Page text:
This conviction prompted the Poles to act with unexpected energy during the election for the Duma. Very little interest was shown in these elections at first because the Jews had declared that they would not participate in them. The Polish community was aroused a few days before the time fixed for voting by the announcement that the Jews had decided to send representatives to the Duma and were engaged in a pre­elective campaign. Warsaw and Lodz, owing to the large percentage of the Jewish element, were threatened with Jewish delegates. The result of this news was astonishing. Suddenly every Polish party took the elections quite seriously, and, what is more wonderful in faction-loving Poland, decided to arrive at a speedy understanding and vote irrespective of party politics for the National Democrats; otherwise if the votes split up between the Conciliators, Patriots and Progressives, the Jewish candidates would gain the day. Perhaps the best example was shown in Lodz, where, though the Polish and German elements are ever at war, they united against the common foe, voted together, and won the day. The Jews themselves worked with laudable zest. In the provinces those who could not afford to pay their fares to and from the voting centres were supplied with enough money to cover their travelling expenses. The Kahals, calling upon every man to use his vote, threatened to impose a heavy fine upon those who neglected their civic responsibilities. Men were sent into the streets to buy voting cards from the needy Polish population.1 Sandwich men, bearing Hebrew placards calling upon all Jews to vote for their cause, paraded the Jewish quarters. Pre-election meetings were addressed in Yiddish by advocates of the cause. But solidarity, a feature which is generally missing in their political life, saved the Poles; and, in spite of the fact that the Jews form 14% of the total population, their party in Poland did notsend one delegate to the first Duma. The Jewish proletariat relieved their feelings by setting up straw figures dressed in the Polish fashion and throwing mud at them. The "Intellectuels" lodged a protest against the conduct of the National Democrats who had "swamped" them, and promised never to forget the slight put upon Jewish interests. Whether this exclusion of the Hebrew element ia politically wise, or whether, as the Jews themselves affirm, it will convey but a poor opinion of Polish tolerance to the Liberal Party in Russia, remains to be seen.. But the fact in itself is interesting, inasmuch as it shows a tendency on the part of the Poles to keep whatever political right they may obtain under their own control and prevent the Semites from ousting them in the political arena as they have already done in trade and commerce.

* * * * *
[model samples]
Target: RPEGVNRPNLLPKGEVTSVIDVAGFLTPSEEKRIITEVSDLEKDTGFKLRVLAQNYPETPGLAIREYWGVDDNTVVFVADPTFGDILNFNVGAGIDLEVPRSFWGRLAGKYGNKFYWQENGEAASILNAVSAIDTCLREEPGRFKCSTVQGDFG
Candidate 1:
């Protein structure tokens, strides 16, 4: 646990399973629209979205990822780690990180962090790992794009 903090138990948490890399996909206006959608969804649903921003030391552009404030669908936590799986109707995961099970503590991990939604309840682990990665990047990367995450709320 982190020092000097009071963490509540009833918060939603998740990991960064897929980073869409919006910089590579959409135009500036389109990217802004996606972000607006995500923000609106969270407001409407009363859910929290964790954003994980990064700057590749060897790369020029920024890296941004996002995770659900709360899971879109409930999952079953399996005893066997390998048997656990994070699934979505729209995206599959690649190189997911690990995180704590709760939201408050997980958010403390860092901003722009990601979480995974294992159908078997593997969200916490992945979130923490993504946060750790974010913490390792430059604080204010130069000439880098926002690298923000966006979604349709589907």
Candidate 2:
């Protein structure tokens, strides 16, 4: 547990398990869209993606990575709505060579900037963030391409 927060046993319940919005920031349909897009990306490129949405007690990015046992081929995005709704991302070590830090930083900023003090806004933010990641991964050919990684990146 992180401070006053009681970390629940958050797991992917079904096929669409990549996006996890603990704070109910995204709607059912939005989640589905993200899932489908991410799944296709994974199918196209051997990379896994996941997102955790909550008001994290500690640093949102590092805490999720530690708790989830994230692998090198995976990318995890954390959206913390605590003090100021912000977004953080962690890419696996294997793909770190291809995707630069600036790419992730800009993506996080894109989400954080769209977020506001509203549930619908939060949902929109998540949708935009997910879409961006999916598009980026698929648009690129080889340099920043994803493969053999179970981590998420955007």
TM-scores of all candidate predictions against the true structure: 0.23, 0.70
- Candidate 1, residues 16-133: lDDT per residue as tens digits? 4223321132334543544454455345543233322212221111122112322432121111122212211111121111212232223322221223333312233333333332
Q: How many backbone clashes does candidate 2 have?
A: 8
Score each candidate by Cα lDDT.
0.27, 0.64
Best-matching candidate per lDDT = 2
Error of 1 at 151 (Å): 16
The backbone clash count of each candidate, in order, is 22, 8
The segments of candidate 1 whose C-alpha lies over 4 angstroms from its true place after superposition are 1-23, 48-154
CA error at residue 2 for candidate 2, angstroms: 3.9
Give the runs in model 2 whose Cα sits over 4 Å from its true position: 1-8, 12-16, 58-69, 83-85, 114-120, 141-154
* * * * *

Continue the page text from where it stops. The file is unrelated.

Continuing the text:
Hitherto anti-Semitism has not aroused the Poles to organise a campaign against the economic influence of the Jews. Here and there an increased disinclination to buy from them may be seen, and of late much has been written about the need of organising the Polish commercial element into guilds which will defend its interests, for there is a growing conviction that, as the Jew intend to preserve their own national individuality, some means of protecting the Polish element must be found. But as yet it is too early to foretell what these means will be. In Poland, where men think rapidly and act slowly, questions even of such importance as this one do not get the prompt attention they deserve. No, though anti­Semitism prevails in all classes of the Polish community, it is, as yet, nothing more definite than the instinctive dislike of the Sclav for the Semite, not because he is dangerous, politically or economically, not because he lives on usury, but because he is a Semite, because he talks through his nose, and talks Yiddish, is difficult to throw off, is half a toad-eater and half arrogant, because he has a hooked nose and a high colour, because he wears a halat and his wife wears a wig. This anti-Semitism does not prevent its possessor from dealing with Jewish tradesmen, borrowing Jewish gold or employing Jewish labour. It is content to make use of the object of its hatred even for the object's own gain. But it goes no further. It will not admit a feeling of sympathy between the two contrasting parties, it prompts the contempt with which the Pole regards his factor, not because he is a factor, but because he is a Jew. It prevents the Polish lounger from helping the Jewish drayman to pull his cart-wheels out of the snow. It causes the Polish school-boy to call the blots which disfigure his copy-book "Jews," and the peasant to call the teazels by the same name, because they cling to his clothes and are difficult to dislodge. It is, too, though slightly accentuated, the same instinct which prevents a Pole from marrying a Jewess, or a Polish girl from wedding a man who has a Jewish name, and which closes the doors of many Polish houses to the Jews.